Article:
A clerical error led to 79,000 people being incorrectly billed administrative fees — sometimes of as much as $50 — in addition to the tolls they owned during the coronavirus pandemic.

All of New Jersey’s toll roads pulled toll collectors and stopped collecting cash payments for nearly two months as the state shut down many in-person offices and private operations to slow the spread of the novel coronavirus. Drivers without E-ZPass were told to drive through toll collection lanes, and that they'd be sent bills for the towes they owed.

Any bills had to be paid within 30 days to avoid administrative fees.

But Conduent, the contractor that operates back office operations for the New Jersey E-ZPass Group, failed to send 79,000 first notices, Turnpike spokesman Tom Feeney told New Jersey 101.5. Instead, those 79.000 people got second notices, with fees slapped on them.

In all, 3.1 million people were billed in lieu of cash payments during the seven-week period when cash payments were suspended.

"Anyone who paid the administrative fee will have the money refunded and anyone who hasn't paid yet is going to have that administrative fee, whatever the amount, removed from their account automatically," Feeney said.

The amount of the fee depends on the specific agency governing the toll road, he said.

It could take up to a week for the changes to be seen on an online account, Feeney said. Once that work is complete, customers will be able to log onto ezpassnj.com with their violation and license plate numbers to pay the tolls they actually owe.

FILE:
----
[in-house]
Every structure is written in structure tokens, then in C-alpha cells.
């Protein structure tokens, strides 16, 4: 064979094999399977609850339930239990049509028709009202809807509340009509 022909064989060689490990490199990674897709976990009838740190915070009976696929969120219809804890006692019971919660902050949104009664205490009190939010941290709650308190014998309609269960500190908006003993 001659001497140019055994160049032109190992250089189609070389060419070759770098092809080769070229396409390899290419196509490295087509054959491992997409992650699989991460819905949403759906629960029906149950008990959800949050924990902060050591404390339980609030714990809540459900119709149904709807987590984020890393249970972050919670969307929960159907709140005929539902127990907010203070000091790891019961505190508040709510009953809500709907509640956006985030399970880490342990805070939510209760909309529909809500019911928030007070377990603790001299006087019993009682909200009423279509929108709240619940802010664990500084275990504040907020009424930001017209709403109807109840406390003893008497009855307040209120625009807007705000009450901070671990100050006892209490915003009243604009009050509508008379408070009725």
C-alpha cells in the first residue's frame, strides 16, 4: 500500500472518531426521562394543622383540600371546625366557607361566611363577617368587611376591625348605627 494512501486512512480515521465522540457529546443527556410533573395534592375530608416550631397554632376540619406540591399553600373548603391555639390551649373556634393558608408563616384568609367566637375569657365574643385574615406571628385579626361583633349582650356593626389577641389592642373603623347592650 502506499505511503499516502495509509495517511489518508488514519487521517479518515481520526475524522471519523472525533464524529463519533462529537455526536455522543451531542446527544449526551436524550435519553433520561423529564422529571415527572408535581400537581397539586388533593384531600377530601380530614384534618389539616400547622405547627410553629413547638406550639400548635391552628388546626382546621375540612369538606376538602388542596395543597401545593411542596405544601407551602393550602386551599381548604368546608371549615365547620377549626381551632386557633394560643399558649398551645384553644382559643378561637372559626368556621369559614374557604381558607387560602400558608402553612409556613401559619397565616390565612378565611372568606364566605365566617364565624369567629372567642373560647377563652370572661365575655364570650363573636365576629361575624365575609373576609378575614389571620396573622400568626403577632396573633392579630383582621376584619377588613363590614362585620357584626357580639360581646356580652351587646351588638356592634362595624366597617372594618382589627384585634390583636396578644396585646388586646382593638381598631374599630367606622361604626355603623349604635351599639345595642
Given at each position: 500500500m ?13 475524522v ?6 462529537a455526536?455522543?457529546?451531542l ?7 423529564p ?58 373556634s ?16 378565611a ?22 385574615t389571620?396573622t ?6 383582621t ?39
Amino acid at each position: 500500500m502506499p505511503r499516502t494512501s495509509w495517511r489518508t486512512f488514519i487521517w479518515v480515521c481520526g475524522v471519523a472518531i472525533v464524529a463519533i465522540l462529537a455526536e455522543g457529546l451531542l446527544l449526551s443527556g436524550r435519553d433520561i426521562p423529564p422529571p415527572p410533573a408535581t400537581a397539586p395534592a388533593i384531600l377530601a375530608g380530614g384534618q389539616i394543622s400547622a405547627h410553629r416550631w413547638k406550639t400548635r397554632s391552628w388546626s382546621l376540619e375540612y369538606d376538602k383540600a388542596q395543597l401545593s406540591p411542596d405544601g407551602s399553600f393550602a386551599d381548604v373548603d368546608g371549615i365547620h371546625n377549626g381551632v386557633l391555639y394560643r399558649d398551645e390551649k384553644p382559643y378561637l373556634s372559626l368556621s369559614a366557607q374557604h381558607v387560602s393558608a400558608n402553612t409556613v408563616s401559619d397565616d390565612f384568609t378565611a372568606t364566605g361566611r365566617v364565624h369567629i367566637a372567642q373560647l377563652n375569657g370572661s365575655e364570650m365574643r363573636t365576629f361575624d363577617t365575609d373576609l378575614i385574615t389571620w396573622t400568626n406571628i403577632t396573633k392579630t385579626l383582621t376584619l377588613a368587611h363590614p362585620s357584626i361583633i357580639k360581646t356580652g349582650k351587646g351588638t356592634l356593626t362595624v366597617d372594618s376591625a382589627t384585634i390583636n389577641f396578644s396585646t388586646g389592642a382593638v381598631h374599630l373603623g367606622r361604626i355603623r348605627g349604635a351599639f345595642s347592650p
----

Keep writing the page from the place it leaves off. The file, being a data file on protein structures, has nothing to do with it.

Feeney said customers may have had a difficult time reaching customer service because staffing had been down due to the pandemic. The Turnpike Authority is closely monitoring the company’s efforts to return to full staffing.

"We regret any anxiety this mistake might have caused our customers," Turnpike Authority Executive Director John Keller said.

The agencies affected are the New Jersey Turnpike Authority (governing the Turnpike as well as the Garden State Parkway), the Burlington County Bridge Commission, the Cape May Bridge Commission, the Delaware River Joint Toll Bridge Commission, the Delaware River Port Authority and the South Jersey Transportation Authority.

CBS Philly was the first to report the issue with the administrative fee.

A class-action lawsuit alleges the $50 administrative fees charged by the Turnpike Authority are excessive and amount to an unfair tax. The Authority has previously said the $50 fine for E-ZPass violations, which was doubled in 2011, was needed to keep up with rising violation processing costs.

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